LG's G6 Series: A New Kind of Google TV Partnershipby Jason Inofuentes on February 6, 2012 10:43 PM EST
Ken was very excited to show us the G6 Series, a Smart TV line that combines their own UI and apps with Google TV 2.0. He excitedly cornered the product team members that were demonstrating the interface and stood by as I was walked through the features of the new set. When I was done he pulled me close and said excitedly, “That’s our chip inside, that’s the L9.”
Late last April, chip designer ARM put out a press release announcing that LG had licensed some of their IP for use in SoCs. If you check the ARM news site, you’ll see several such releases over the years with lots of different partners. The LG move seemed strategically sound; skipping the middleman and having the SoC specifications you want built by a fabricator could yield cost savings and tighter control. Nothing more was heard about the initiative until CES, when LG revealed it would be powering many members of their Smart TV line.
Looking back at that press release could reveal some clues as to what’s included in the LG L9. It describes the licensing agreement as comprehensive and while it specifies access to the Cortex-A9, Cortex-A15 and Mali-T604 designs, it does not do so in a way that would not presuppose access to other designs. Indeed, the release describes the license as covering the Mali family of GPUs. LG expects devices with the L9 to ship during the first half of 2012. Having been described as a dual-core design with a quad-core GPU would make the L9 most likely an ARM Cortex-A9 with a Mali-400 GPU. Such a combination is rather familiar, but also rather competitive, particular with regards to the GPU. From our prior coverage of SoC’s found in media streamers we know that these are generally more lightweight and focused on decoding and displaying video data. Traditionally streaming devices and smart TVs relied on lightweight UIs and functionality limited to just a handful of functions beyond media playback. Even the Roku 2, with its smooth UI and gaming abilities uses a relatively meager SoC compared to the LG L9.
At the time that the original Google TV hardware was released, the use of Intel’s CE4100 seemed a strange platform choice. Intel is fond of selling their products at high margins, a tendency that the consumer and enterprise PC markets support. Generally, SoC markets are CE markets, and only at the high-end do they tolerate high margins. The CE4100’s power profile also made it an unexpected choices. ARM based decoder ICs meant for the Blu-ray market have even started migrating to powerful Cortex-A9 class processors, so it was just a matter of time before Google TV moved on to an ARM based platform such as the ARMADA 1500 and the Mediatek Blu-ray SoCs, and now, the LG L9. Granted that, when the Logitech Revue hit the market, the notion of playing back HD video from a smartphone seemed a futuristic concept. But since then, powerful low power GPUs have provided the differentiation within the mobile space. Many of today’s mobile platforms provide excellent media playback, while also powering complicated UI elements at high resolutions. So it makes sense that the devices that power our TVs should be at least as powerful as our phones.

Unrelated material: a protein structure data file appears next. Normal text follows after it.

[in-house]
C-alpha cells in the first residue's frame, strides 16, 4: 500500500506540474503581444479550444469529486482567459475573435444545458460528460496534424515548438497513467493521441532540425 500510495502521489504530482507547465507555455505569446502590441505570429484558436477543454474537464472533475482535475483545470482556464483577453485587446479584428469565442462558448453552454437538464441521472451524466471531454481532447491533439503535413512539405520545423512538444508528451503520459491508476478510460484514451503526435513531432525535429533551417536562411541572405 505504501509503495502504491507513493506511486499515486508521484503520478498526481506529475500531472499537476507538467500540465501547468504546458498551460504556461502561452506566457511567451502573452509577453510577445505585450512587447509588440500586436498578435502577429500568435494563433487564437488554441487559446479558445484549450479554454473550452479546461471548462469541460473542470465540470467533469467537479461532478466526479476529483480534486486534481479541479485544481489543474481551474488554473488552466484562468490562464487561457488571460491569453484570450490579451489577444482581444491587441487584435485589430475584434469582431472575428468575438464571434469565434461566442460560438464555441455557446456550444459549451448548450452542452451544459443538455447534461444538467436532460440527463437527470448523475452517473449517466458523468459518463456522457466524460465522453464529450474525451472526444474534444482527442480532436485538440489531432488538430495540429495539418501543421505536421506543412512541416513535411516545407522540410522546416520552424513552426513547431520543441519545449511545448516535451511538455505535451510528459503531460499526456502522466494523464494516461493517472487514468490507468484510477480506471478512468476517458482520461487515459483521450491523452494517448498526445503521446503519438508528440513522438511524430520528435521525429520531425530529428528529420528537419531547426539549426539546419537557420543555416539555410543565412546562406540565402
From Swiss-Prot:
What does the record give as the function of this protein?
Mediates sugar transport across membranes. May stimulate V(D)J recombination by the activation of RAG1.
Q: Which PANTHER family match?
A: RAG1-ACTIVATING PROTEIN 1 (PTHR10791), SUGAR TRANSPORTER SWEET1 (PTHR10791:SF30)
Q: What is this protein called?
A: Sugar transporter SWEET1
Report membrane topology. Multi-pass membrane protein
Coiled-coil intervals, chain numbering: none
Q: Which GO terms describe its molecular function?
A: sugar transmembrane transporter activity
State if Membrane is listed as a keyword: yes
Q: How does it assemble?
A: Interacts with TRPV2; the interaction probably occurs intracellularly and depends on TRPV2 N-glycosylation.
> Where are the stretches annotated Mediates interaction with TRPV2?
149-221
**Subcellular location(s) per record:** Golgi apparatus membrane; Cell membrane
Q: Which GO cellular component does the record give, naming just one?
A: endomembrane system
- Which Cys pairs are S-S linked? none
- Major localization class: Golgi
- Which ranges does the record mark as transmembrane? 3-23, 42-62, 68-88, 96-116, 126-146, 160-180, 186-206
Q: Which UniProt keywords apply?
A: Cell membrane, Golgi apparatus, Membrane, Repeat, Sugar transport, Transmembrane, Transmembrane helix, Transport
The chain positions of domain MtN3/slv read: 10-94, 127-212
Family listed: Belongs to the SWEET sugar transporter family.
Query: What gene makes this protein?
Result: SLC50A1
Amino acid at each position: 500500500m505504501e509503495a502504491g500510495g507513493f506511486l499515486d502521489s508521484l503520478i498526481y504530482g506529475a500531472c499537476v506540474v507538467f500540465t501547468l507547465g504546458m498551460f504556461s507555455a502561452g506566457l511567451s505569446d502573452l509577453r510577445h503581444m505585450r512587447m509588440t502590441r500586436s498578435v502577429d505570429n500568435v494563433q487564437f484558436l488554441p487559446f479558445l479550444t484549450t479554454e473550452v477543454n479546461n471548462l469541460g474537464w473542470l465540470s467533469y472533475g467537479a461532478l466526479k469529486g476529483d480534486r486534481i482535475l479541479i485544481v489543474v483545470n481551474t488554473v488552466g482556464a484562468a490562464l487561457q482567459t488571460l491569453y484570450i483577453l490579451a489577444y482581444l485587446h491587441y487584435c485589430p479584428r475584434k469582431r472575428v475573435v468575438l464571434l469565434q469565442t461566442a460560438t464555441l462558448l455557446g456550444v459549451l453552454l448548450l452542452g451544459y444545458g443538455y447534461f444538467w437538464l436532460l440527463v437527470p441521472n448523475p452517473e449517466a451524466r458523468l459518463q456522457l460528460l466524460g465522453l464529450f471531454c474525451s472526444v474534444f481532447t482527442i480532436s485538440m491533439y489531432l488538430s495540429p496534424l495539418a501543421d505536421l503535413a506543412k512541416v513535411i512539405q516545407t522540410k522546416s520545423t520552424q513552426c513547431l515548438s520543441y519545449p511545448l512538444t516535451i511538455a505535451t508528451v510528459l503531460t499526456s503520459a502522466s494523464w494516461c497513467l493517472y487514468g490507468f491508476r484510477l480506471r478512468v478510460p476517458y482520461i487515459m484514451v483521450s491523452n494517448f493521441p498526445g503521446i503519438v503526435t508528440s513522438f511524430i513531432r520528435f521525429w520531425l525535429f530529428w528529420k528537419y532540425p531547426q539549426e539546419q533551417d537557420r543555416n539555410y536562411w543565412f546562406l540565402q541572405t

LG Smart TV with Google TV
LG has set its sales goals impressively high for their Smart TV platform. By their estimates, 60% of their TV sales should be Smart TVs. Achieving this goal will mean targeting a mainstream price point, though we’re not likely to see Smart TV sets below the 40” class. Most Smart TV UI’s are based around Java and HTML5, and developers have typically been required to work within a particular manufacturers SDK in order to get an app released on their platform. Recently, LG joined Philips and Sharp in an initiative to develop a joint SDK based on HTML5, CE-HTML and HbbTV. Ideally, after a successful joint SDK is released, app availability across the three platforms would reach parity with a unified storefront. This sort of partnership was always going to be a necessity before developers would seriously consider smart TV’s a platform to focus on. Other manufacturers remain resolute in keeping their platforms and SDK closed off. Companies don’t like sharing the spotlight, so collaborating on something that they could otherwise brand and promote all to themselves is anathema to some. Everyone wants to be the next Kleenex.
LG’s Smart TV offering is attractive, and straightforward. The home screen features three columns, with the left most featuring a panel displaying the currently playing content. Spread across the rest of the home screen icons for installed apps and services. The center column is reserved for premium apps such as Netflix and Hulu+. The right column will include other installed apps, including games. Across the bottom is a dock with several core apps with room for user selected apps. Controlling the UI is done through something similar to an air mouse solution. It’s referred to as motion controls, but it retains the point and click paradigm familiar to all; the intuitiveness of the solution depends on the accuracy with which the remote’s position reflects the cursor’s position.
When I first heard that LG would not simply be producing a Google TV but instead be marrying their own Smart TV solution with Google TV, I was trepidatious. Google TV’s first iteration involved their own UI layered atop the output of your set-top box, and often the result was having two UIs colliding onscreen, obstructing their own utility and the content being viewed. Worse than this, I worried that the LG Smart TV UI and Google TV would be walled off from each other. That if a user wanted to play an LG optimized version of Angry Birds they would have to exit their Google TV session and effectively reboot into LG’s garden. So, when I caught sight of the television itself I was quite surprised.